Greg Weissert used to be the guy with the beard. Then he was drafted by the Yankees.

When the 22-year-old pitcher from Bay Shore was selected in the 18th round of the 2016 draft, he knew what was coming. Organization rules required him to shave, but that was a small price to pay for the 6-2 righthander.

“I don’t mind not having a beard, either,” he said Tuesday at Staten Island’s Richmond County Bank Ballpark.

Weissert relishes the opportunity to pitch in front of his family and friends on a regular basis after playing most of his games in the South last season.

He has been lights-out as a reliever for the Class A Staten Island Yankees. Through five appearances and 6 2⁄3 innings, he had recorded three saves, struck out 10 and allowed no runs, two hits and two walks.

Weissert pitched two scoreless innings Friday to pick up his third save in Staten Island’s 4-3 win over the Brooklyn Cyclones.

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“I’ve been feeling really good,” he said, “just sticking to the game plan, getting ahead and using my off-speed later in the count and sometimes to get ahead.”

Staten Island pitching coach Travis Phelps said Weissert has commanded his fastball and kept his curveball low in the zone.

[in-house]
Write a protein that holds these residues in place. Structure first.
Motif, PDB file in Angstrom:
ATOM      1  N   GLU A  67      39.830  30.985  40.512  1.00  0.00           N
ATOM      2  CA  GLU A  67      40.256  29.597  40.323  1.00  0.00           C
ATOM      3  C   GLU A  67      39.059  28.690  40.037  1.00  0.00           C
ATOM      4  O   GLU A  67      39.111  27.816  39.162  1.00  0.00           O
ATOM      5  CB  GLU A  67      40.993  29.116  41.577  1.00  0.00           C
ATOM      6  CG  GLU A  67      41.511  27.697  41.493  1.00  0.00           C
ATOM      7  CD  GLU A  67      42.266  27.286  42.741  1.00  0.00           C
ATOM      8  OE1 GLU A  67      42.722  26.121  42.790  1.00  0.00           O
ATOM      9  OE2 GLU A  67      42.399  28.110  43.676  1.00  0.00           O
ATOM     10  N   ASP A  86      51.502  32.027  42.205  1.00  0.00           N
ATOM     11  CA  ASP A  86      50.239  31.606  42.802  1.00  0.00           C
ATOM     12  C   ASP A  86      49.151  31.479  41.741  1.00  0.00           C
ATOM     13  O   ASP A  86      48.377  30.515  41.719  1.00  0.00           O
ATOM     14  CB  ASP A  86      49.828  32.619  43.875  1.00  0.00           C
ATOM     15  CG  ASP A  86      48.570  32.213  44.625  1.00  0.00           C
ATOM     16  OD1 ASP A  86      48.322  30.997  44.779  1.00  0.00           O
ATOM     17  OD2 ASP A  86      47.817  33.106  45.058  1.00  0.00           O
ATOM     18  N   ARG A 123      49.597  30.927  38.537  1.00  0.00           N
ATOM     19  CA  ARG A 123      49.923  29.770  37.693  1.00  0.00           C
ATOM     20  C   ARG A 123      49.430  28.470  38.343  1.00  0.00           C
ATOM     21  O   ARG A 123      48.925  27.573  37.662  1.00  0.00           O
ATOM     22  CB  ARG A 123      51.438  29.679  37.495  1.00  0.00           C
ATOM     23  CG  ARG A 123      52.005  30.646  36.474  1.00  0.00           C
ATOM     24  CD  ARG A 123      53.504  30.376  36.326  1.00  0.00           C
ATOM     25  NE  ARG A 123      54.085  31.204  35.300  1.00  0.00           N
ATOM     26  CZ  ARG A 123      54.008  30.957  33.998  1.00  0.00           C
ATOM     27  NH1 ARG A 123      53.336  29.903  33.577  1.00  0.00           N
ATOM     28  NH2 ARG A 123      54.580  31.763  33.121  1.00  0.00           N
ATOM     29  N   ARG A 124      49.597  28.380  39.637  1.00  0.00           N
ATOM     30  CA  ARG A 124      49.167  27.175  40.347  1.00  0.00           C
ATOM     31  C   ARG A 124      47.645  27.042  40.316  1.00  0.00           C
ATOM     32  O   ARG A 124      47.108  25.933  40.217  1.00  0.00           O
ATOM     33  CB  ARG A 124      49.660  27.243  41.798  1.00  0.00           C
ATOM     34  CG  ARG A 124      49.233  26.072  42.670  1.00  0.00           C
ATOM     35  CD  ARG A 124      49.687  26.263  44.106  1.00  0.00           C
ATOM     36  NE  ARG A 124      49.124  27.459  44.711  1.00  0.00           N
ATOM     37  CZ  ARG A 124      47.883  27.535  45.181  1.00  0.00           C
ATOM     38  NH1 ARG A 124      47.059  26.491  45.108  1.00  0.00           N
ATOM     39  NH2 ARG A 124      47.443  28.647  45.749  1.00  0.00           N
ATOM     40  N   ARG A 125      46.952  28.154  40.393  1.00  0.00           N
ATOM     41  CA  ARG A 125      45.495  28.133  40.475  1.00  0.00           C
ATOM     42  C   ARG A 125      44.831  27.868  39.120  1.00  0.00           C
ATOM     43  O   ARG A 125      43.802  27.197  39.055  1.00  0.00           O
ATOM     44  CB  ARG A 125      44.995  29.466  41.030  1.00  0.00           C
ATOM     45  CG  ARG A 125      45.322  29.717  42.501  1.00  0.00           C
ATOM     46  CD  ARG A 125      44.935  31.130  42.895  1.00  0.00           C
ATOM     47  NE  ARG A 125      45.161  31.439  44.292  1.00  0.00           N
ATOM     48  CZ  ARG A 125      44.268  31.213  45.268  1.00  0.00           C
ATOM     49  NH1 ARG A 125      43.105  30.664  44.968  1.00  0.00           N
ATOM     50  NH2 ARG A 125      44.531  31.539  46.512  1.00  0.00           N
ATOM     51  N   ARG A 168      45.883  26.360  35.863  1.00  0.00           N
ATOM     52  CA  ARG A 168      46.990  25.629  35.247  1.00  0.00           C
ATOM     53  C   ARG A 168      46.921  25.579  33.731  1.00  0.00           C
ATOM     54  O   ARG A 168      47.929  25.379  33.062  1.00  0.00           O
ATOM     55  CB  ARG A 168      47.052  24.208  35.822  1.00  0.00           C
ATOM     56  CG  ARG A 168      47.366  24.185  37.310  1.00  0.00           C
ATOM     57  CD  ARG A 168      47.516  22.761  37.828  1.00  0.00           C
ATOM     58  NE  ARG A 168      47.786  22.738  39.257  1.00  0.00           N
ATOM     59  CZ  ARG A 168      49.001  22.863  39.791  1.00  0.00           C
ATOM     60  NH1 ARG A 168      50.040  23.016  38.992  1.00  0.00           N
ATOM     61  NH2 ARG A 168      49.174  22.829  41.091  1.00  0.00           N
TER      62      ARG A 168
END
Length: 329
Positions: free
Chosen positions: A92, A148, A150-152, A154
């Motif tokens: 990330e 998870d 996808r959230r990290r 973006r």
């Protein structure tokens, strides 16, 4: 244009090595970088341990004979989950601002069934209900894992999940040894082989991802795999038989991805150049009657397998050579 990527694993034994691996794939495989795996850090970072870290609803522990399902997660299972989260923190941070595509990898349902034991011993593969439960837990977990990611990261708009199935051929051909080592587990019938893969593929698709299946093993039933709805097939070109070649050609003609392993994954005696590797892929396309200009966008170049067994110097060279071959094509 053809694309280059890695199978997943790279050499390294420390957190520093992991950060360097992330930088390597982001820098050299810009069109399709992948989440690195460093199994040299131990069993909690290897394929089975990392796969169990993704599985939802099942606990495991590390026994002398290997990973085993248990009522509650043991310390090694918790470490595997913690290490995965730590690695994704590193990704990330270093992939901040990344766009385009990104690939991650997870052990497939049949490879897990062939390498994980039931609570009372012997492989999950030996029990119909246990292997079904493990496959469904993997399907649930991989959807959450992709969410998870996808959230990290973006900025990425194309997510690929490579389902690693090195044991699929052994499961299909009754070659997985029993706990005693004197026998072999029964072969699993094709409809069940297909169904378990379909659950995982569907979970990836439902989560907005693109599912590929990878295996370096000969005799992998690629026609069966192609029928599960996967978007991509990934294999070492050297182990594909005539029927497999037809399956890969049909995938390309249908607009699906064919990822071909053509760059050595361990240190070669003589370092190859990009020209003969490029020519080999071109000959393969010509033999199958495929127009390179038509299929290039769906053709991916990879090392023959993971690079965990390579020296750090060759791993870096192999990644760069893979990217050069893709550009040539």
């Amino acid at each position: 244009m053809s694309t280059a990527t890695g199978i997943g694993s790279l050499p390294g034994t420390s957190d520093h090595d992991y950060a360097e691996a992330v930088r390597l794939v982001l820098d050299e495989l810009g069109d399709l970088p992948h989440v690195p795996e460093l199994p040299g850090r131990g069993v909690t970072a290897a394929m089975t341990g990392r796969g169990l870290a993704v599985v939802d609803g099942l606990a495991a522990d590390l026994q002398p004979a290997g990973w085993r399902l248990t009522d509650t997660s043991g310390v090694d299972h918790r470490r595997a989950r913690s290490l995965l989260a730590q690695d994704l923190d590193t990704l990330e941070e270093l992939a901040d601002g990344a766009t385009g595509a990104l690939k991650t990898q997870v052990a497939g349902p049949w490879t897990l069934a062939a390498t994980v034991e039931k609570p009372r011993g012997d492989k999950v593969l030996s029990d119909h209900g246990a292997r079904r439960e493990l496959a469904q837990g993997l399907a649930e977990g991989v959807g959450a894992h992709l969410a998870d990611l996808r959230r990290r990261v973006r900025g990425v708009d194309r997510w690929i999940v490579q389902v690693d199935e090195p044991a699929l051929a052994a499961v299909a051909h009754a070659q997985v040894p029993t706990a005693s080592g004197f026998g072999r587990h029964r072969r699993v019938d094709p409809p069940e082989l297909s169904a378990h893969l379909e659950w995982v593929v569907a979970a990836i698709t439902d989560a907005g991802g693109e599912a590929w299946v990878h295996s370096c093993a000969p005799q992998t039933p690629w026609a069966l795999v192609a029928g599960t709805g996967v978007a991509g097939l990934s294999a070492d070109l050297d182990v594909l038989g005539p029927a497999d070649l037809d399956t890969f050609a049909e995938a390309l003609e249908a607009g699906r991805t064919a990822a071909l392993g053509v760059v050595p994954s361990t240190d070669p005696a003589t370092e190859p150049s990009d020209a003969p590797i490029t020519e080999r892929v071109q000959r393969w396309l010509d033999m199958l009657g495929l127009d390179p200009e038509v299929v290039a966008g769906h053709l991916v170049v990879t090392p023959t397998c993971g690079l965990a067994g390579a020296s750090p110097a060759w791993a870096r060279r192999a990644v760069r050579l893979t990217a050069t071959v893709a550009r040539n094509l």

“When you do that regularly and consistently, you’re going to have a lot of success,” Phelps said. “That’s at all levels from here all the way to the major leagues, and he is showing the ability to be able to do that.”

In the same way Weissert was easygoing about shaving his beard, he has brought a relaxed approach to Staten Island after playing his first minor-league season in the South Atlantic and Appalachian leagues.

Once he signed out of Fordham University, the Yankees sent the reliever to rookie ball in Pulaski, Virginia, and then Class A Charleston, South Carolina.

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But when Weissert returned to New York this summer, his personality immediately grabbed Phelps’ attention.

“He’s more laid-back, and that’s not a bad thing,” Phelps said. “Usually guys that are laid-back are usually pretty easygoing into the games. He’s the opposite. He’s laid-back and then he’s ultra-intense whenever it comes to game time. To me, that personality is different from what you see from a lot of other guys.”

That and a professional support staff have helped Weissert through the ups and downs that minor-leaguers endure. After he posted 6 1⁄3 scoreless innings in five outings for Pulaski, the Yankees sent him to Charleston last summer — and Weissert struggled, allowing 14 hits and six earned runs in 12 2⁄3 innings with 10 walks and 16 strikeouts.

“It’s really easy to listen because you can have a lot of trust and faith in these guys because they all know their stuff,” Weissert said. “It’s nice having so many people to turn to if you’re struggling or having trouble with mechanics or your mental game or your approach to the hitters. It’s really nice having all these guys to help out.”

The goal, of course, is to continue on his professional journey. And while Weissert has enjoyed every stop, this one is a bit more special.

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“It’s nice to get back up north,” Weissert said. “It’s really cool being close to home. My parents get to come to a lot of the games. It’s definitely nice.”